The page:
It’s good to know that we’re not alone. It seems our neighbors to the north are struggling with the issue of leveraged ETFs as well. Last week, the Investment Industry Regulatory Organization of Canada (IIROC) issued recommendations aimed at eliminating inappropriate use of these funds by investors unaware of their risk profiles and the manner in which they seek to generate their amplified returns. While the announcement indicated their concern regarding the issue, it’s unlikely to have any significant impact, and further underscores the difficulties these securities are posing to regulatory agencies.
Leveraged ETFs, which seek to amplify the daily return on a benchmark index by a predetermined percentage (usually 200% or 300%) have been the subject of heated discussions in investment community lately. These ETFs are popular among day traders who use them to double or triple down on their predictions on short-term market movements. Winning bets can mean a big payday, but losing bets made with these funds result in much bigger losses. The concern isn’t about sophisticated investors using these funds however. It’s with average investors who buy leveraged ETFs and hold them for extended periods of time, mistakenly believing that their investment will return a multiple of the return on the underlying index.
In reality, however, due to the compounding of returns, the percentage change in the prices of these leveraged ETFs can vary in magnitude (and even direction!) from their underlying index. There’s a rather complex explanation, but this phenomenon is perhaps best demonstrated by an example: while IWB, which tracks the Russell 1000, is up 3.1% on the year, BGU, a 3x Direxion fund based on the same index, is actually down 7.2% (and not up 9.3% as some would expect).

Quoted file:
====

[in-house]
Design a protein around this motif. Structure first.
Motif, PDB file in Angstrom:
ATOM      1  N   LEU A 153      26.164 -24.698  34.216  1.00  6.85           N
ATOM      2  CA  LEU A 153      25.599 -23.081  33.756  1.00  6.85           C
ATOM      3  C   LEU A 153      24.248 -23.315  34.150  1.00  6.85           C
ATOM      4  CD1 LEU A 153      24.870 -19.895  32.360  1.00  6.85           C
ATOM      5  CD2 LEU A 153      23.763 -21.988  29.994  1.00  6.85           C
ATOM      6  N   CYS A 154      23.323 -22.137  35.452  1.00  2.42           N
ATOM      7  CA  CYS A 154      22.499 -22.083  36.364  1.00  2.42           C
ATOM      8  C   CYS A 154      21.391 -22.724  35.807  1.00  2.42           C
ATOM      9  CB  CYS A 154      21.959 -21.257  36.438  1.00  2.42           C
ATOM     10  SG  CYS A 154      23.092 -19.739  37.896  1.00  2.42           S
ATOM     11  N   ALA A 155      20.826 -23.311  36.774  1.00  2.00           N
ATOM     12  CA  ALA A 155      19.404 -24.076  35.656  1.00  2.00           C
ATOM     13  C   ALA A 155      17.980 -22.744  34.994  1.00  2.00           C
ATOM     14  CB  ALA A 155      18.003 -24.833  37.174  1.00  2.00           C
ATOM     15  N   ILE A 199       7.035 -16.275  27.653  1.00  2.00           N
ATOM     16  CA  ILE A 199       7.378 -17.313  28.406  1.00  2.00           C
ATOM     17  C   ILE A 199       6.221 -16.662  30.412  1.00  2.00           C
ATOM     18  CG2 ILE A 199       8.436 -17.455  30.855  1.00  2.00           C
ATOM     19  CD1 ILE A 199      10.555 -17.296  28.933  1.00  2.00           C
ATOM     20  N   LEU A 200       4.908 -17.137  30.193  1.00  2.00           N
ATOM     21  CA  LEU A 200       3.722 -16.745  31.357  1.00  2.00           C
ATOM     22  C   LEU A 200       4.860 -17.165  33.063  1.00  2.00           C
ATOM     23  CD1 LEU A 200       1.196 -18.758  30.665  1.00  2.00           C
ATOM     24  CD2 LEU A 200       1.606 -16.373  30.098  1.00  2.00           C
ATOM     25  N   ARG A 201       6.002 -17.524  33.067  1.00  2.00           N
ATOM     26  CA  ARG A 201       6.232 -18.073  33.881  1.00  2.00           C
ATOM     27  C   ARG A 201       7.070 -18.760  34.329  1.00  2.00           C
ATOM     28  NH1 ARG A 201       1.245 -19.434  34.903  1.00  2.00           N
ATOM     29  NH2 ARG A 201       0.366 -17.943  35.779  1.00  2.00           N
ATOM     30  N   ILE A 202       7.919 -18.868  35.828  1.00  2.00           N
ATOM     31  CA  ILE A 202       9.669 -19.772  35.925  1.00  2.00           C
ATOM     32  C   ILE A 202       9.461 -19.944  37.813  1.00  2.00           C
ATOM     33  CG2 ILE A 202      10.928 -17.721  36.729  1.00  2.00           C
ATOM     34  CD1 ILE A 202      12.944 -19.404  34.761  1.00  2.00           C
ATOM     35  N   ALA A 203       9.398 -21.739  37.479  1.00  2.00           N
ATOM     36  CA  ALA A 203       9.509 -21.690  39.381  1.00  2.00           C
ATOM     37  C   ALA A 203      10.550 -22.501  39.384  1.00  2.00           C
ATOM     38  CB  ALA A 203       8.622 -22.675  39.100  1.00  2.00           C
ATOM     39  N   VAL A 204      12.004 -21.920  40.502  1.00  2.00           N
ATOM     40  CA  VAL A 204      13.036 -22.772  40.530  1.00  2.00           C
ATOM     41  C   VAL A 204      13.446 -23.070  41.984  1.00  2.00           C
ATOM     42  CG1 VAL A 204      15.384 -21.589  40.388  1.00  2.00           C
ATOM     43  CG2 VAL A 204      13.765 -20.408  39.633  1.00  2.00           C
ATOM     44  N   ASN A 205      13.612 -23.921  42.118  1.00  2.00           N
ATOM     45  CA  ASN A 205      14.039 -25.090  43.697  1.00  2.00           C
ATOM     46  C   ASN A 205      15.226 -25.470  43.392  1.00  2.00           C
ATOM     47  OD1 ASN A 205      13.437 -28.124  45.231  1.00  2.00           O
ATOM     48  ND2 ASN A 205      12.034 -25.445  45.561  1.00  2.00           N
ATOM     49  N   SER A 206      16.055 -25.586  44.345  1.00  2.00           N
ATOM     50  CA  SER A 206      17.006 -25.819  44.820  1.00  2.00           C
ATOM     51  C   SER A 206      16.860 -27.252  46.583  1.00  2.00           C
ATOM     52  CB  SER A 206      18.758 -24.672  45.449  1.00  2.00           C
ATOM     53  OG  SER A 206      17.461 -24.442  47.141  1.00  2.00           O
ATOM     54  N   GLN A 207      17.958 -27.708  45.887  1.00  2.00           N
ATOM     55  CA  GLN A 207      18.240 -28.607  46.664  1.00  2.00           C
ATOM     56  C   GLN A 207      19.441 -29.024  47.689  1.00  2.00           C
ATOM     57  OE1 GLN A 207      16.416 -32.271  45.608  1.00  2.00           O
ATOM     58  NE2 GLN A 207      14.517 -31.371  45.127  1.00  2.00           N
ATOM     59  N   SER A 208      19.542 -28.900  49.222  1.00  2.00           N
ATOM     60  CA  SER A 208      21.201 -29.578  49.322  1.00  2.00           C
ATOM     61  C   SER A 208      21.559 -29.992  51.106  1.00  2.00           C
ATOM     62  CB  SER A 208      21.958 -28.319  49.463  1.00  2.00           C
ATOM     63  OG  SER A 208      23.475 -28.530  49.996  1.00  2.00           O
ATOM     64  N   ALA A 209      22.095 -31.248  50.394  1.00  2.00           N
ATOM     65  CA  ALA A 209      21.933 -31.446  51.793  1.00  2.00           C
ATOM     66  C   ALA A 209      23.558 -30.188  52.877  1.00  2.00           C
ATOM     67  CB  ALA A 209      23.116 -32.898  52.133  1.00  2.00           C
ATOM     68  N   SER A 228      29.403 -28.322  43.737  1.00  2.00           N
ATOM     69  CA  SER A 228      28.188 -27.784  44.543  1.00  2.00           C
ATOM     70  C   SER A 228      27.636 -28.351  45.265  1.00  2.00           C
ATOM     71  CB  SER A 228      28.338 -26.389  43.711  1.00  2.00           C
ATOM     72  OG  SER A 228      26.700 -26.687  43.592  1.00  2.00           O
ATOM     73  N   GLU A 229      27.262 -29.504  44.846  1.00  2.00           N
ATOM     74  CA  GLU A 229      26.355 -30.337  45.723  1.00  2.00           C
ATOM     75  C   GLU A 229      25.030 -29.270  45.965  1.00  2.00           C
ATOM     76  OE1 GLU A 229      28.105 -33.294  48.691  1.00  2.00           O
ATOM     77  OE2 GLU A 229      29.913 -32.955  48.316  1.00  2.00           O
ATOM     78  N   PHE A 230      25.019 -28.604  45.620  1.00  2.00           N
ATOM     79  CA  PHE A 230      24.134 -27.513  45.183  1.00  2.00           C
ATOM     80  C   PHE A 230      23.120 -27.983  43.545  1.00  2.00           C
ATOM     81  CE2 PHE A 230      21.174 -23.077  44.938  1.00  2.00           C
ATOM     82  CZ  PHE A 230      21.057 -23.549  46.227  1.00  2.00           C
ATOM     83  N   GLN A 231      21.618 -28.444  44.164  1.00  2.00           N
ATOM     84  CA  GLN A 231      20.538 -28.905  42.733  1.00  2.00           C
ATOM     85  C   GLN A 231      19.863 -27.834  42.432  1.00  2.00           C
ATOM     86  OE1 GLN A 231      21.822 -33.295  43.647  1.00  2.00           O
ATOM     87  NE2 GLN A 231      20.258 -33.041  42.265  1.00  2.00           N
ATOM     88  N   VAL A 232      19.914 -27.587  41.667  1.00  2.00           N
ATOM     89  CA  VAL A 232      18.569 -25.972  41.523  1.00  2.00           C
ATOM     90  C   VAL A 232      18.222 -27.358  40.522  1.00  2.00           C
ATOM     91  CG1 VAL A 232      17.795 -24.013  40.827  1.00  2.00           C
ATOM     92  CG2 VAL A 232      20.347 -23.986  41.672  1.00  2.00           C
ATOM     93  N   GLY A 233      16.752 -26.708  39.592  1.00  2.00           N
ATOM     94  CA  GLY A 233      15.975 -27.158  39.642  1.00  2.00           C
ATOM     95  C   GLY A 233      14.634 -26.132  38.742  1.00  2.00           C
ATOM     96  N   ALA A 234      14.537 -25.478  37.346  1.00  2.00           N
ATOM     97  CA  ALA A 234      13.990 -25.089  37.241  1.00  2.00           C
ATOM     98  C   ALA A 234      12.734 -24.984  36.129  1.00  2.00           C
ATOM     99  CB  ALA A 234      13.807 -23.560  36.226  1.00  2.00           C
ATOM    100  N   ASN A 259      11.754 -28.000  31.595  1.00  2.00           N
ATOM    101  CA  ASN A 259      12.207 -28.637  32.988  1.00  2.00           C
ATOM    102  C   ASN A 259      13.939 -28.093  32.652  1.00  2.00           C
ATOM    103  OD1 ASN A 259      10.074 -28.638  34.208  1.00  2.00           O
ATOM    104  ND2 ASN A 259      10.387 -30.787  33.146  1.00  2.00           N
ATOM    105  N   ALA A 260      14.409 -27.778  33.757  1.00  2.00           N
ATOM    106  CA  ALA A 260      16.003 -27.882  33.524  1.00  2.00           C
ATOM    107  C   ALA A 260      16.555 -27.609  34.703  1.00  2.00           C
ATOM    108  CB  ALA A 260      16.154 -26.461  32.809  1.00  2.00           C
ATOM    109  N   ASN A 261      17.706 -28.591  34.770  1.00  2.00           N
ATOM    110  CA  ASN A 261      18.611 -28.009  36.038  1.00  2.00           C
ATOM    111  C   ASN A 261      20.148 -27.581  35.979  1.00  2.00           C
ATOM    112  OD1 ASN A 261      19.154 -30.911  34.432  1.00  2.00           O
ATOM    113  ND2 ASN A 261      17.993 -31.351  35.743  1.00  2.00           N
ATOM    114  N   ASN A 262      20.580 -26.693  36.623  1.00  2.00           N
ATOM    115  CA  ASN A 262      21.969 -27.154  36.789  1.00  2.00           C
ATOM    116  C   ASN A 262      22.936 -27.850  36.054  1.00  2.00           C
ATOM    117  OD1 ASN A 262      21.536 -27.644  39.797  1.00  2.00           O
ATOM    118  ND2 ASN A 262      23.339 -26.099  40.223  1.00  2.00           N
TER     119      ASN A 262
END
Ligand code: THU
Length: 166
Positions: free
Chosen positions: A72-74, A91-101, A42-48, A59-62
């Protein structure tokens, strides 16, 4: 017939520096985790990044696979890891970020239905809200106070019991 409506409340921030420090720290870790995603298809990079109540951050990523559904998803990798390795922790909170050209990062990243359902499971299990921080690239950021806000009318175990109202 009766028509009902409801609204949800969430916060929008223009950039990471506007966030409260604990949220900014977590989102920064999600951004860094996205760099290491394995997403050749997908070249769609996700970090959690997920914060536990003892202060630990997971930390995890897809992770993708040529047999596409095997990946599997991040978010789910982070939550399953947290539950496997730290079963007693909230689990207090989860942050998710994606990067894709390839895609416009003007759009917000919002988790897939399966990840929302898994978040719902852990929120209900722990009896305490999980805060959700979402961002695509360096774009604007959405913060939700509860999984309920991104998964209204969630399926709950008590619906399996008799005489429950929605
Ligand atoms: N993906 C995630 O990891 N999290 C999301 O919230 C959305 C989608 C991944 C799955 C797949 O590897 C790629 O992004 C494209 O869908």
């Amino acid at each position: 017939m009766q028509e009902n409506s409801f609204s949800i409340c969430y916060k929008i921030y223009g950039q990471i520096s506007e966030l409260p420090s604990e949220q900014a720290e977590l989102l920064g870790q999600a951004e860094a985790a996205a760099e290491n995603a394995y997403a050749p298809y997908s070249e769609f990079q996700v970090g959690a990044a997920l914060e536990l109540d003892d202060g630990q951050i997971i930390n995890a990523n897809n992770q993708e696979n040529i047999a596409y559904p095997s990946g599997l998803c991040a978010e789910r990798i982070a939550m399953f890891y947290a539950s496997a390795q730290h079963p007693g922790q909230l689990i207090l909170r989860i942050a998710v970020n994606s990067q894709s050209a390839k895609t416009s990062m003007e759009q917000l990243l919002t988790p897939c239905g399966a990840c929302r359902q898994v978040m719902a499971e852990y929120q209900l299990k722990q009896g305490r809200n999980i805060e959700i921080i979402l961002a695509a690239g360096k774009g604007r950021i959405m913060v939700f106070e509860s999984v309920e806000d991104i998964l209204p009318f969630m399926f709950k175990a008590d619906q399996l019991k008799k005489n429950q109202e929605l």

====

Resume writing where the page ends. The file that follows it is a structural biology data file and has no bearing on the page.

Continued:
In May, the Foundation for Advancement of Investor Rights (FAIR), a shareholder advocacy group, expressed concerns that retail investors may not understand the risks of leveraged ETFs, and may be placing their money in assets that maintain inappropriate risk characteristics. In response, the IIROC issued a statement reminding dealers of their obligations to sell in a clear and fair manner that protects investors. Firms that sell leveraged ETFs must have procedures indicating that a customer-specific suitability analysis has been performed and must have adequate supervisory procedures in place to monitor and control these sales practices.
Not Very Effective, Eh?
While the IIROC’s actions placated FAIR’s founder, it seems to me like little more than idle rhetoric that won’t result in any major changes. Besides being incredibly vague, the agency’s recommendations don’t go beyond any standards already in place. The IIROC regulates investment advisors who manage client funds. If the managers regulated by this agency aren’t already conducting suitability analyses (at least informally) when making investment decisions for their clients, we’ve got a major problem on our hands – renegade asset managers allocating client funds without regard for their risk tolerance or return objectives. The whole asset management business (not to mention the code of ethics related thereto) is premised upon selecting suitable investment products on behalf of clients. So IIROC’s recommendation changes things…how?
Maybe there’s more to this “warning” to come, but for now it seems to me like the IIROC’s latest pronouncement will do little to resolve a problem that many regulators in North America are struggling to understand and address in a practical manner.